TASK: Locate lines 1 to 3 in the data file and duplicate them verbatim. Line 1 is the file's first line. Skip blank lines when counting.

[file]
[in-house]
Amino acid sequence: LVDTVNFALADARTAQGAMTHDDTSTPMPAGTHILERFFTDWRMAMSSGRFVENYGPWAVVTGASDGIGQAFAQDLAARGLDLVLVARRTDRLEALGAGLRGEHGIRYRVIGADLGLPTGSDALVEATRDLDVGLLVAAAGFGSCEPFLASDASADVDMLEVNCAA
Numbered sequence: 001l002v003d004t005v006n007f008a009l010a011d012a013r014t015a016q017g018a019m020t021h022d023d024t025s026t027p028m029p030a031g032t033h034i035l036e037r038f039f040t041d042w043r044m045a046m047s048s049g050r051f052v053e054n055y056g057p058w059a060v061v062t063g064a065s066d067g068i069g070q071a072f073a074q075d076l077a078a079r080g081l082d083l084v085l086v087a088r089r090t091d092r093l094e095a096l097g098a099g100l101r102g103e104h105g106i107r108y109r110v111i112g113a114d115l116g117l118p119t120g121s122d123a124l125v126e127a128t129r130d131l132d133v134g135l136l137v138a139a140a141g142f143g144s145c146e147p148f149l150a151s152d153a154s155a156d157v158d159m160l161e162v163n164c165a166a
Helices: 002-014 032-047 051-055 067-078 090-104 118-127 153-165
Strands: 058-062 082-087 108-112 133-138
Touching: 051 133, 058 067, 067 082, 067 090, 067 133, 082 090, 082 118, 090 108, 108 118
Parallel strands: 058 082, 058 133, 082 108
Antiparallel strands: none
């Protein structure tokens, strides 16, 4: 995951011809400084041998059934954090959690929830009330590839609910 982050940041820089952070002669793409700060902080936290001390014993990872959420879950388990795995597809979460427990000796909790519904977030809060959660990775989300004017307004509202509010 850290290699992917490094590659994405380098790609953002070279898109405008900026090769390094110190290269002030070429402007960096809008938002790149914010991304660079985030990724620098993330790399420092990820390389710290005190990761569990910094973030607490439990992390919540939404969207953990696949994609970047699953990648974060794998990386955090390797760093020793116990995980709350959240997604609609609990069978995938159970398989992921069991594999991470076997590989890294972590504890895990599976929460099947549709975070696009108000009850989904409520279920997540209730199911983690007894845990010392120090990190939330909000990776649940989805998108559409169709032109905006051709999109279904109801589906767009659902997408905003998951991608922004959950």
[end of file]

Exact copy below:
[in-house]
Amino acid sequence: LVDTVNFALADARTAQGAMTHDDTSTPMPAGTHILERFFTDWRMAMSSGRFVENYGPWAVVTGASDGIGQAFAQDLAARGLDLVLVARRTDRLEALGAGLRGEHGIRYRVIGADLGLPTGSDALVEATRDLDVGLLVAAAGFGSCEPFLASDASADVDMLEVNCAA
Numbered sequence: 001l002v003d004t005v006n007f008a009l010a011d012a013r014t015a016q017g018a019m020t021h022d023d024t025s026t027p028m029p030a031g032t033h034i035l036e037r038f039f040t041d042w043r044m045a046m047s048s049g050r051f052v053e054n055y056g057p058w059a060v061v062t063g064a065s066d067g068i069g070q071a072f073a074q075d076l077a078a079r080g081l082d083l084v085l086v087a088r089r090t091d092r093l094e095a096l097g098a099g100l101r102g103e104h105g106i107r108y109r110v111i112g113a114d115l116g117l118p119t120g121s122d123a124l125v126e127a128t129r130d131l132d133v134g135l136l137v138a139a140a141g142f143g144s145c146e147p148f149l150a151s152d153a154s155a156d157v158d159m160l161e162v163n164c165a166a